|Oct-03-05|| ||Averageguy: Good finish by Anand.|
|Oct-04-05|| ||BishopBerkeley: <thathwamasi>, <Benzol>, & <offramp>|
And now, two newly-minted Australian Nobel Laureates in Medicine take their places alongside those mentioned above in the pantheon of intellectual achievement from "down under":
<offramp> Just a bit of a tweak on your light-speed number...
Speed of Light =
(approx.) 186,000 miles/second
186K m/s * 3600 seconds/hour
= 669,600,000 miles/hour (approx.)
Even so, for many practical purposes, your estimate would be quite good (notwithstanding the fact that it exceeds the velocity-ceiling that Albert Einstein bumped his head on.)
<thathwamasi> If I may ask respectfully, I wonder if your name here at this fine site is a version of the sublime two-part Sanskrit utterance often rendered in English as
I believe this esoteric pair originate in the Upanishads, one of the sacred writings of the Hindu tradition (specifically, the Brhadaranyaka and the Chandogya Upanishads, if memory serves). They are sometimes "translated"
I am Brahman (the Supreme Self)
Thou art Brahman.
Though I'm sure there are many meanings associated with these utterances, I have always interpreted them to refer to the identity-yet-distinctness of the individual "smaller" self with the Collective Universal "Supreme Self" (Paramatman) spoken of by philosophers from many different traditions.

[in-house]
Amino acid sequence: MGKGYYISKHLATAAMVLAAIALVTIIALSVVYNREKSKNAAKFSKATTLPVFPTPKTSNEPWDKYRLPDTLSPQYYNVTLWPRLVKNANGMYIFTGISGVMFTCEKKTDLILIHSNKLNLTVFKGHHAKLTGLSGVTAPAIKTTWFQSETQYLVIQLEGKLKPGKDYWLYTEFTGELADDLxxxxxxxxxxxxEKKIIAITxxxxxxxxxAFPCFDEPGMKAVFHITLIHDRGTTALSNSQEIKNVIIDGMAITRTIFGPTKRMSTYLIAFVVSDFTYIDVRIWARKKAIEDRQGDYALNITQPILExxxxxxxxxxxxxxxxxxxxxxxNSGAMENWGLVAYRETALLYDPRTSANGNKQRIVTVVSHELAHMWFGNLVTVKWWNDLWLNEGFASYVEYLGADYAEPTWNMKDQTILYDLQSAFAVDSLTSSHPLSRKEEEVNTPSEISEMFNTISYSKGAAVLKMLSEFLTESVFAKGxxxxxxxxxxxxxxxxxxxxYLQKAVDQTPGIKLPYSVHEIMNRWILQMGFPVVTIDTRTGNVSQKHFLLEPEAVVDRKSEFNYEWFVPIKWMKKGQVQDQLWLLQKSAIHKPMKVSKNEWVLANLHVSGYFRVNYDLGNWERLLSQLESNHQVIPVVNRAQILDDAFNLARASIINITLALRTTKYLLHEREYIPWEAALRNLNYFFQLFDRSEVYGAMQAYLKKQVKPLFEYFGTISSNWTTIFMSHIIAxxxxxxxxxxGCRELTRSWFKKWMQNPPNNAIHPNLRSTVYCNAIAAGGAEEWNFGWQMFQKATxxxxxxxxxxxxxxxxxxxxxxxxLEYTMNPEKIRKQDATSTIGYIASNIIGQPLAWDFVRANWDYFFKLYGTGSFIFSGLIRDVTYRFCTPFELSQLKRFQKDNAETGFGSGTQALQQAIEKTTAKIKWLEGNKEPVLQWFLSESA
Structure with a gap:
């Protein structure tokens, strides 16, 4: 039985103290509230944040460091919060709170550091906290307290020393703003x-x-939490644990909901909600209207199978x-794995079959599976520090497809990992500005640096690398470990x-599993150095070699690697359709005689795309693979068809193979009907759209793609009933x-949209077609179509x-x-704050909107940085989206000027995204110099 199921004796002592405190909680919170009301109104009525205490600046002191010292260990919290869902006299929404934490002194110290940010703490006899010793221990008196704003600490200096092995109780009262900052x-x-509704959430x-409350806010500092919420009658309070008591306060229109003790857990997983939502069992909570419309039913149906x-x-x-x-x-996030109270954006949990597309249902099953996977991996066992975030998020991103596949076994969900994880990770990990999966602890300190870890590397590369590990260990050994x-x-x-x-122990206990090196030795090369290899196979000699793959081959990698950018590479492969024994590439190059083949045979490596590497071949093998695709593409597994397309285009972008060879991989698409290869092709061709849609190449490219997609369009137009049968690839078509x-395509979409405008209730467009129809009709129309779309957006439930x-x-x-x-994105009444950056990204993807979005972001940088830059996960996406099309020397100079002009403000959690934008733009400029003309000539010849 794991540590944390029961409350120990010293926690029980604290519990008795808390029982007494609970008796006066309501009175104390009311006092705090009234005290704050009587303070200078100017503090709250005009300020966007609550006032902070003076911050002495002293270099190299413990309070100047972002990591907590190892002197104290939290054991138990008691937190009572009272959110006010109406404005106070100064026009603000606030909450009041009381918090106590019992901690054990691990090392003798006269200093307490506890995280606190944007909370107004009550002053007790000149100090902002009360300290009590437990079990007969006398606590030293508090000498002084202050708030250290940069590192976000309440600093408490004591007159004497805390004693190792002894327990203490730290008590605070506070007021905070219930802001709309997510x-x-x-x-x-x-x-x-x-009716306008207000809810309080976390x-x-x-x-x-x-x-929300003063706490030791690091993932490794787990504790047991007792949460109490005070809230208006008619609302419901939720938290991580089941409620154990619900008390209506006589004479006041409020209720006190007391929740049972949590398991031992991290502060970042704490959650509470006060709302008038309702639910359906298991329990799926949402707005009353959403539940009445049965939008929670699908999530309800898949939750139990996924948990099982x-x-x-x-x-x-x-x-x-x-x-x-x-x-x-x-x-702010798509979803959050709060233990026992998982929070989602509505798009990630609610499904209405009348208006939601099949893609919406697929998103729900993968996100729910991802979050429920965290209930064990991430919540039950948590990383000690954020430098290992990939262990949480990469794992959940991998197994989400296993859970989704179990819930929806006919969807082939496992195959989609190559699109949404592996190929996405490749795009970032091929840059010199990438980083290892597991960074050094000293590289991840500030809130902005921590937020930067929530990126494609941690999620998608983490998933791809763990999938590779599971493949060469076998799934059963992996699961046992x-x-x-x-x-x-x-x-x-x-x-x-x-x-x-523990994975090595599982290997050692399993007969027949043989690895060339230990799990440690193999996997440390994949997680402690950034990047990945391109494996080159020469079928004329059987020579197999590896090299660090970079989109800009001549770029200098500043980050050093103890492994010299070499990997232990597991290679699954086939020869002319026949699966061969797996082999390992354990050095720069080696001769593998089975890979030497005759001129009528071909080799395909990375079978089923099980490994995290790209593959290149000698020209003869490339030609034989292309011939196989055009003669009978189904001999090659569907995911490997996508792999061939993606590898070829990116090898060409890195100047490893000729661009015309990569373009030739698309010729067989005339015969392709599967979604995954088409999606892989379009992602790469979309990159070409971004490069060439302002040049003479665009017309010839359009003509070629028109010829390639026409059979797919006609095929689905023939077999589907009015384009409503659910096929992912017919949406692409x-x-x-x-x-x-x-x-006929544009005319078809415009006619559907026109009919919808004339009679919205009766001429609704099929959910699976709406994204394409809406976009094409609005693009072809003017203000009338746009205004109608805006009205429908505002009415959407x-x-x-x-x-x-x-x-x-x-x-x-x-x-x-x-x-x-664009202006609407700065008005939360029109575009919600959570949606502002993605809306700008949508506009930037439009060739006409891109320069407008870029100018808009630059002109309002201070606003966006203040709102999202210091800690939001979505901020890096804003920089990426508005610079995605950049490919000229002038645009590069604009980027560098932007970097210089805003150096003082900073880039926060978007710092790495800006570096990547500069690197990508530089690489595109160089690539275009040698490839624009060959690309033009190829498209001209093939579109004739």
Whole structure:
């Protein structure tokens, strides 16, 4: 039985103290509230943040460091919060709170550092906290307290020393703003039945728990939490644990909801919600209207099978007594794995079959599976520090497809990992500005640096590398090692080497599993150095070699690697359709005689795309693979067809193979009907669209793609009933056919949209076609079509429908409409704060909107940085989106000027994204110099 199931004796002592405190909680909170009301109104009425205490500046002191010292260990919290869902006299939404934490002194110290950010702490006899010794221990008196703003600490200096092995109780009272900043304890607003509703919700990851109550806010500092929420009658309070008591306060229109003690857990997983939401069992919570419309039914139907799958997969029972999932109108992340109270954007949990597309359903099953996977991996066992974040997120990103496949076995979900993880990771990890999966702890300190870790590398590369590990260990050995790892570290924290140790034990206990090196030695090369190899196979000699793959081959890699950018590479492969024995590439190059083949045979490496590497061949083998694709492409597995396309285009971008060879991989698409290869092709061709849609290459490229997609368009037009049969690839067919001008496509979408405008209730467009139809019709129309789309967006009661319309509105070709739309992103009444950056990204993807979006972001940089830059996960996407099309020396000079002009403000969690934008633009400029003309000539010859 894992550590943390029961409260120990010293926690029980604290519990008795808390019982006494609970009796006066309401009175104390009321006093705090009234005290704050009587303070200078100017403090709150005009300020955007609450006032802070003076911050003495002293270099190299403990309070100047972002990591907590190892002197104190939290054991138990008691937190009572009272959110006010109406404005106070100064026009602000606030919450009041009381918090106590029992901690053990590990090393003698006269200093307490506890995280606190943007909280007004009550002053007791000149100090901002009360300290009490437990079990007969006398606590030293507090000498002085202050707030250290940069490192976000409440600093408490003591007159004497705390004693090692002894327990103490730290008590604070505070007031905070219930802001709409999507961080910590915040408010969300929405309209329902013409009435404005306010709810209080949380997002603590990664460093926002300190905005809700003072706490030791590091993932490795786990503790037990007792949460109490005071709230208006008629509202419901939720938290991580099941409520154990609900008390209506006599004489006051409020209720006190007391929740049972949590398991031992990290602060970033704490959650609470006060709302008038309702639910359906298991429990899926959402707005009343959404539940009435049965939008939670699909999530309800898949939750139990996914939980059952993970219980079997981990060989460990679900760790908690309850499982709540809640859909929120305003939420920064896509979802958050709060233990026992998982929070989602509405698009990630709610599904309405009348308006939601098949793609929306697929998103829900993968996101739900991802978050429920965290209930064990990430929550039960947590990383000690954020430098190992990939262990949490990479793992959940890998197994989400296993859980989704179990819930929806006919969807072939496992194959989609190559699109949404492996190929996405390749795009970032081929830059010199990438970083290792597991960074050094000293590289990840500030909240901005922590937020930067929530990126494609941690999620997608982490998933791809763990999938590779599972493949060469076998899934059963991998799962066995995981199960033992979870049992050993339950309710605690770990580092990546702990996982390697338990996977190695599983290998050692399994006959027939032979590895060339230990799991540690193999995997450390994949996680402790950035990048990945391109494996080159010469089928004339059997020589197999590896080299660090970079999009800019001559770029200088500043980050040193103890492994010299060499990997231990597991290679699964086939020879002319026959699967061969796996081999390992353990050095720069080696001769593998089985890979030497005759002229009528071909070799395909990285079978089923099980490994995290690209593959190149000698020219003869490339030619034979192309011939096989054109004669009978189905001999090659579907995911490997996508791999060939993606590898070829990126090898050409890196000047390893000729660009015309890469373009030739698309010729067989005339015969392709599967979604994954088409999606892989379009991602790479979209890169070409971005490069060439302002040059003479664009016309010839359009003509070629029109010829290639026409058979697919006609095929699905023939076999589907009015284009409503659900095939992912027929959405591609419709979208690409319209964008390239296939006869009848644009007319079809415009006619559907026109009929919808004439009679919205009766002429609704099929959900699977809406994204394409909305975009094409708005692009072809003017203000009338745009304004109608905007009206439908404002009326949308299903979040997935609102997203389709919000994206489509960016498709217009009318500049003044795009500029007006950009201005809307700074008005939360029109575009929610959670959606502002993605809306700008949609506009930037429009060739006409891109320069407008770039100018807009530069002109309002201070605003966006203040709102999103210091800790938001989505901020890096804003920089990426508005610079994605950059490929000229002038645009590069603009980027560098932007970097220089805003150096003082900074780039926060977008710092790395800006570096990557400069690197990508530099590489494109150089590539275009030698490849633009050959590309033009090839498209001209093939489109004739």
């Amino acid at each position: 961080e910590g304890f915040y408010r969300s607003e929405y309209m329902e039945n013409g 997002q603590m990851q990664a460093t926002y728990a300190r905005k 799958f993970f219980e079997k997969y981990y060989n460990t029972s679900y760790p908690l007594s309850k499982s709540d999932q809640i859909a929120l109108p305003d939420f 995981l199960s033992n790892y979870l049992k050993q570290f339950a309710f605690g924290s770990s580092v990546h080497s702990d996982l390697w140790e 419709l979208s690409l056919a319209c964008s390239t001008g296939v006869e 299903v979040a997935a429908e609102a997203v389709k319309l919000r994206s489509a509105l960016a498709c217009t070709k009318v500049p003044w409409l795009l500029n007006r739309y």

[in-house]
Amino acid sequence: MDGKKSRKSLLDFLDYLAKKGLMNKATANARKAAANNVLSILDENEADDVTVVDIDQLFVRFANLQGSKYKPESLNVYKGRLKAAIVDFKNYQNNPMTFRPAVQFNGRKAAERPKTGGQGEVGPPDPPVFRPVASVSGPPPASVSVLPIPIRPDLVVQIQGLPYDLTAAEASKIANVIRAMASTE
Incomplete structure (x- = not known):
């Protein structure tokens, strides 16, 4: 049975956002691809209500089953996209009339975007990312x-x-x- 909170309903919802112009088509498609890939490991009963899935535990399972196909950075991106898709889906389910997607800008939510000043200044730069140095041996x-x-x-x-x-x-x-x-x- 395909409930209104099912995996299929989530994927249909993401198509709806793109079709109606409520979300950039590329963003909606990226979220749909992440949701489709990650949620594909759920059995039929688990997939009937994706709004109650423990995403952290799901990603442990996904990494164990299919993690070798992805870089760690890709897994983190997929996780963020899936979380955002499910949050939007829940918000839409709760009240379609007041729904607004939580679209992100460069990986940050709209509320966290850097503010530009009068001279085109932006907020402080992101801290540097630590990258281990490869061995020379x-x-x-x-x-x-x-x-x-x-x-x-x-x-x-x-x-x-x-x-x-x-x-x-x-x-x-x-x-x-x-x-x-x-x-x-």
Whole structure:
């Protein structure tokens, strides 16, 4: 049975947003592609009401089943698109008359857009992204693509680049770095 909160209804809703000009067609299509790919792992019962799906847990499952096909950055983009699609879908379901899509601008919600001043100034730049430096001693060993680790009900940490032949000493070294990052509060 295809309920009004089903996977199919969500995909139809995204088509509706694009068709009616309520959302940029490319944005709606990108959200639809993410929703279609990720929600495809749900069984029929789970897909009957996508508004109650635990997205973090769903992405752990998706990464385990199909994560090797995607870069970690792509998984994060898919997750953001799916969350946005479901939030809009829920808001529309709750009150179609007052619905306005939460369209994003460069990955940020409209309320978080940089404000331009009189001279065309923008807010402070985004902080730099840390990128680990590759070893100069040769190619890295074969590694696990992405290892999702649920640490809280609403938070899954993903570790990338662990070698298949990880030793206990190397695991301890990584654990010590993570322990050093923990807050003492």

(: ♗ Bishop Berkeley ♗ :)
Incidentally, longtime friends Albert Einstein and Dr. Emanuel Lasker exchanged some interesting thoughts about the speed of light:
From Einstein's forward to Dr. Lasker's biography:
...Now I must justify myself because I never considered in detail, either in writing or in our conversations, Emanuel Lasker's critical essay on the theory of relativity. It is indeed necessary for me to say something about it here because even in his biography, which is focused on the purely human aspects, the passage which discusses the essay contains something resembling a slight reproach. Lasker's keen analytical mind had immediately clearly recognized that the central point of the whole question is that the velocity of light (in a vacuum) is a constant. It was evident to him that, if this constancy were admitted, the relative of time could not be avoided. So what was there to do? He tried to do what Alexnder, whom historians have dubbed "the Great," did when he cut the Gordian knot. Lasker's attempted solution was based on the following idea: "Nobody has any immediate knowledge of how quickly light is transmitted in a complete vacuum, for even in interstellar space there is always a minimal quantity of matter present under all circimstances and what holds there is even more applicable to the most complete vacuum created by man to the best of his ability. Therefore, who has the right to deny that its velocity in a really complete vacuum is infinite?"
|Oct-05-05|| ||visceral infestation: It's good to see the Caro-Kann alive|
|Oct-06-05|| ||Drifter: Chess isn't very big here in Australia.|